This week the Federal Department of Labor announced its long-awaited final overtime rule, which will go into effect on January 1, 2020. The final rule raises the standard salary threshold from the currently enforced level of $455 per week up to the new level of $684 per week (which is the equivalent of $35,568 per year for a full-time worker) in order to be considered exempt from minimum wage and overtime under the Fair Labor Standards Act (“FLSA”). The new thresholds account for the growth in employee earnings since the rule was last updated in 2004.
The final overtime rule does not change any of the “duties tests” that must be met (in addition to the salary threshold and being paid on a salary basis) to claim Executive, Administrative, or Professional exemptions under the FLSA. Moreover, the final rule does not include any automatic updates, which had been proposed under prior versions of the rule during the Obama administration.
The final rule:
• Raises the “standard salary level” from $455 per week to $684 per week ($35,568 per year for a full-time employee);
• Raises the total annual compensation requirement for highly compensated employees (HCE) from the current level of $100,000 to a new level of $107,432 per year;
• Now allows employers to use non-discretionary bonuses and incentive payments (including commissions) paid at least on an annual basis to satisfy up to 10% of the standard salary level; and
• Also revises the special salary levels for workers in U.S. territories and the motion picture industry.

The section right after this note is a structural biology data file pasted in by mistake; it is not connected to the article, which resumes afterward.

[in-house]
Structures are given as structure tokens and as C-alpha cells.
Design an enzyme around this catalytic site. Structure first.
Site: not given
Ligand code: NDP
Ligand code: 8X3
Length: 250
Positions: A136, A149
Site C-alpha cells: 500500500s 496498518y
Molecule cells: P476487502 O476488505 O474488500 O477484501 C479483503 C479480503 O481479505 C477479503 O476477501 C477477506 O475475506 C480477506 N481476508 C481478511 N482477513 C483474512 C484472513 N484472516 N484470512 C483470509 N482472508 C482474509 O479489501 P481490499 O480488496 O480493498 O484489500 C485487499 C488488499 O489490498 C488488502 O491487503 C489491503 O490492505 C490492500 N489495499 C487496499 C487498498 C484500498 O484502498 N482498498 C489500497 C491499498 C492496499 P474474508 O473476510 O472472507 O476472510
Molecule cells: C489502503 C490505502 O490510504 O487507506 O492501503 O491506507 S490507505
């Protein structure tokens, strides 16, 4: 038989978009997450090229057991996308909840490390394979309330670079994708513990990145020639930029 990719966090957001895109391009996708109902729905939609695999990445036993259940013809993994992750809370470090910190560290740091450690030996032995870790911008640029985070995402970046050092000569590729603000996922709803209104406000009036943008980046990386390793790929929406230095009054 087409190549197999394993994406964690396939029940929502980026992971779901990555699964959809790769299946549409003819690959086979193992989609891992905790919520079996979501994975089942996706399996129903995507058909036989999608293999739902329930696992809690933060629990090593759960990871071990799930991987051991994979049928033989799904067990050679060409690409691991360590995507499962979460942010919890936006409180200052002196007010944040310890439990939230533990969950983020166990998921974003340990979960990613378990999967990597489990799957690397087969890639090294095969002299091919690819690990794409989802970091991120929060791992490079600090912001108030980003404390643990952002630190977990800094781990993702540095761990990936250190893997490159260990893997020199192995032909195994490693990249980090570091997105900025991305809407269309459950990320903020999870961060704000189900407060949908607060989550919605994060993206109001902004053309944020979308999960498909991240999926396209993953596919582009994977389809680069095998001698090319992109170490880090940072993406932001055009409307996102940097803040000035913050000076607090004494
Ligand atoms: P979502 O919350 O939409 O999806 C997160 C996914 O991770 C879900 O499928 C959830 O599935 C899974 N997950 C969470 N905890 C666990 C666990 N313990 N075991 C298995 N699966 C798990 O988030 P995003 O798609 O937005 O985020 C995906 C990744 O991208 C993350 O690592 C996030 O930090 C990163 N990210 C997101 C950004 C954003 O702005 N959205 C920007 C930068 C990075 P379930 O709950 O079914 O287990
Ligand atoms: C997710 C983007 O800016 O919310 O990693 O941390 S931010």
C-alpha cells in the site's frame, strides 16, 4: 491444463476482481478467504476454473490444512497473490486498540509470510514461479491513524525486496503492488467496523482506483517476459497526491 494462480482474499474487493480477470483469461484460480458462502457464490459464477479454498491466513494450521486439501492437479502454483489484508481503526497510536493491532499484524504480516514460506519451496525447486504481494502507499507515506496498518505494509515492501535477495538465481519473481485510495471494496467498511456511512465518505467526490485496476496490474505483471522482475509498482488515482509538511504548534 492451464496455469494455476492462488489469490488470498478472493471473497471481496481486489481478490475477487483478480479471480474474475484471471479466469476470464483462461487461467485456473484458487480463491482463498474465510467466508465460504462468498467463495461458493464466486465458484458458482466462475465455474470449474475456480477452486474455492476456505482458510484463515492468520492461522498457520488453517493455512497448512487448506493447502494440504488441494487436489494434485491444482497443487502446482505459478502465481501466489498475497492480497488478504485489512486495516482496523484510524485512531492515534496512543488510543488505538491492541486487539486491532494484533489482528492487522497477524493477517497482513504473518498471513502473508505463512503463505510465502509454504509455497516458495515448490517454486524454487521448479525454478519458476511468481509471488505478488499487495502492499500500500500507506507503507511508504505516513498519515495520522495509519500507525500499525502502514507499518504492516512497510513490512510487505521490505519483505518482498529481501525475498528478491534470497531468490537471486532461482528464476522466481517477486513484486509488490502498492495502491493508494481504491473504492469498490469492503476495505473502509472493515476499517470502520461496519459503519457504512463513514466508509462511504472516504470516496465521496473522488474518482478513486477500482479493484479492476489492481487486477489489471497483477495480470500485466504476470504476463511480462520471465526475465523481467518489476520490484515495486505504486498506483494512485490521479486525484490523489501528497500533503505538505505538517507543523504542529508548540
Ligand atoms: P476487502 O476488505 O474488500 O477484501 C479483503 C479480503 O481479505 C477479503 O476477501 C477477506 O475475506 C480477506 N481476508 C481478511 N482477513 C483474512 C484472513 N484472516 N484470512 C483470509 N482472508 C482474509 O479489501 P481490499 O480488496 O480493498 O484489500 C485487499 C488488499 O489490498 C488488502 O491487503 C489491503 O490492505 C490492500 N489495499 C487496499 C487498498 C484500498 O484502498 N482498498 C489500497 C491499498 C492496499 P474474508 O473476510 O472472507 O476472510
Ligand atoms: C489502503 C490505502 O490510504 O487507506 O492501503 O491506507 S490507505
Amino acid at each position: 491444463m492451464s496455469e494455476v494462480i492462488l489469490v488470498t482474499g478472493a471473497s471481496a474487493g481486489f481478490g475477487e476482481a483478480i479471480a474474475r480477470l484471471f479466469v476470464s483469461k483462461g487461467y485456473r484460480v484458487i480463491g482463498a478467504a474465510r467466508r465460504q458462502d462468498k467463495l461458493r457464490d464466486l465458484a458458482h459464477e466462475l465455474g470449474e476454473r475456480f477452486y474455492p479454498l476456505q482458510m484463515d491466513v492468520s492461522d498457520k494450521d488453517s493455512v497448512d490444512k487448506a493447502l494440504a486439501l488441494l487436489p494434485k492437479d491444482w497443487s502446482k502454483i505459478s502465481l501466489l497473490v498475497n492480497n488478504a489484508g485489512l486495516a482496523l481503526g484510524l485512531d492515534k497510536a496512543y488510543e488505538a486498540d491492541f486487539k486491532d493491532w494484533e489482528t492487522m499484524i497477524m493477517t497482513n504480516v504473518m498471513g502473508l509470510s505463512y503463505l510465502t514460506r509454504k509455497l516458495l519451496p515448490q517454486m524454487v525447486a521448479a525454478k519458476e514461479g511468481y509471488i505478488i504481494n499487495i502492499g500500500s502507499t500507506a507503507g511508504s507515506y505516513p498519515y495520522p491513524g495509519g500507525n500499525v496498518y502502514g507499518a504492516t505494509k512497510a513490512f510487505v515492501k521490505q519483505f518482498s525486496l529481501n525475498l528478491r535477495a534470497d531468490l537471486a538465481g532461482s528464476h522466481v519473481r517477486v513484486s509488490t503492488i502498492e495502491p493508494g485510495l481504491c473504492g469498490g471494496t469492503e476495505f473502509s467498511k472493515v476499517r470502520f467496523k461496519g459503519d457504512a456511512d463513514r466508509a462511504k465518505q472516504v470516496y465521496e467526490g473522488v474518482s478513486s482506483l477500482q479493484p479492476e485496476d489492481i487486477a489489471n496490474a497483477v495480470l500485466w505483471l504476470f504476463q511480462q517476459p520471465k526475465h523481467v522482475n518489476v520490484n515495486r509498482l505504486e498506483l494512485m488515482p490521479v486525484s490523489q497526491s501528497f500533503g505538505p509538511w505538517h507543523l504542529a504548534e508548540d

The Department of Labor estimates than an additional 1.3 million American workers will now be made eligible for overtime pay. The Department also estimates that an additional 101,800 workers will be entitled to overtime pay as a result of the increase to the HCE compensation level.
In the past, there have been court challenges that blocked a prior version of the overtime rule from going into effect. In 2016, a federal district court judge in Texas ruled that the Department of Labor had exceeded its authority in issuing the overtime regulation because the actual text of the FLSA does not mention a salary threshold. The court then granted summary judgment against the Department. The Department of Labor appealed to the Fifth Circuit, which granted a stay until the new regulation was issued. Now that the new final rule has been announced, there may be further court action to resolve whether the DOL has authority to set a salary threshold in the first place.
With the potential for further court challenges, the final rule may face a delay in its implementation. However, in light of the final rule’s impending effective day, employers are well-advised to consider potential increases to exempt employees’ salaries if necessary (up to a minimum of $684 per week), in order to preserve those employees’ status as truly exempt.